The larger the difference between the total utility score of an alternative and the utility score of the “none of the above” option, the more likely it is for users to accept the alternative. Conversely, if a product's total utility score is below the “none of the above” option, it indicates that the users are not likely to accept the offering.

Researchers can apply the logit model to estimate market share. Market share is predicted by simply exponentiating the total utility and then dividing this value by the sum of all products’ exponentiated values and that “none of the above” option. Here is the formula:


If, like most people, you’re a bit scared off by formulas, have no fear!

Conjoint analysis is simply the mathematical representation of what we covered in the paragraph above: “market share is calculated by exponentiating the total utility of a product and then dividing this value by the sum of all products’ exponentiated values and the “none of the above” option."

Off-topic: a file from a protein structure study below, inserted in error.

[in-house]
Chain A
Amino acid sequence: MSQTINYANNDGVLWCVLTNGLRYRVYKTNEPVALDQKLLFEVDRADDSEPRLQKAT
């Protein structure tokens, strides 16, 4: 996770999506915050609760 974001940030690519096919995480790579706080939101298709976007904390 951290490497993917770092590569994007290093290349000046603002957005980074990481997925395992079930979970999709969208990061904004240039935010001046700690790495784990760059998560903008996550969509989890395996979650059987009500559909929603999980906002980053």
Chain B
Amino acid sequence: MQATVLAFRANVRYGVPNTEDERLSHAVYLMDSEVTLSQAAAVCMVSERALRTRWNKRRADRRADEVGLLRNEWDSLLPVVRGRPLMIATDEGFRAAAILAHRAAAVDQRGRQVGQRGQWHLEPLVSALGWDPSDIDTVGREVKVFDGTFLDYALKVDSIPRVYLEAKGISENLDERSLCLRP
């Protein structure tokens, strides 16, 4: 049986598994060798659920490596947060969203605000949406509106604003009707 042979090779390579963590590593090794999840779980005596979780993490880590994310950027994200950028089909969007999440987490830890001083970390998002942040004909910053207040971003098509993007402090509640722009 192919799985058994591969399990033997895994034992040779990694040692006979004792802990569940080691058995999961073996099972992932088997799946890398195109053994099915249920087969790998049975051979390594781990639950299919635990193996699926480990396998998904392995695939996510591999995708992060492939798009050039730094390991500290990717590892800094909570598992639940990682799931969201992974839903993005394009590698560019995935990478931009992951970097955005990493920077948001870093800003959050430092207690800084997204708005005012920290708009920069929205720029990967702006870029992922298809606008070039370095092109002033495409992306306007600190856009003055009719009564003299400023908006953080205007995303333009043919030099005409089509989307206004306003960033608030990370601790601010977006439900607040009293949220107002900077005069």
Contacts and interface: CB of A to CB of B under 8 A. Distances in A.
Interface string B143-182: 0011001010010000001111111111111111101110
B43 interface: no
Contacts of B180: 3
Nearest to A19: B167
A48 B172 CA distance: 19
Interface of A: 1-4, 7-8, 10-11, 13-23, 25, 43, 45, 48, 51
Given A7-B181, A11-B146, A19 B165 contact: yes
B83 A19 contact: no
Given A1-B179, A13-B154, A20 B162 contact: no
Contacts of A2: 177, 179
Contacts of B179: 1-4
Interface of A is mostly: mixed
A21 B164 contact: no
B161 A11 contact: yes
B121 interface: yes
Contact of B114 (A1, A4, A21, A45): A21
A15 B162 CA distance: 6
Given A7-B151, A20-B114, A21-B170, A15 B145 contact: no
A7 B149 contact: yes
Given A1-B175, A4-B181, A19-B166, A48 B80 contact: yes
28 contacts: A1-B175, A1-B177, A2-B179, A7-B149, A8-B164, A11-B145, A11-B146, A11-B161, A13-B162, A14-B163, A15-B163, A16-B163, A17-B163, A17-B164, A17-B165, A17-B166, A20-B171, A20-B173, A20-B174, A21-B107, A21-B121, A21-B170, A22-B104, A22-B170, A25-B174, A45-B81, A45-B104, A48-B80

The calculation can be done using a basic calculator equipped with an “EXP” (or ex) button.

Below is an example with total utility scores, exponential scores, and the market shares associated with it.


While the overview above should prove helpful, we understand that these concepts can be technically challenging.

 SightX allows you to automate conjoint analysis, helping you to more easily optimize your product development and forecast the likelihood of market acceptance. Our step-by-step set-up enables you to launch projects within minutes and instantly analyze results with real-time analytics.

Ready to get started?


Naira Musallam, PhD

Naira Musallam, PhD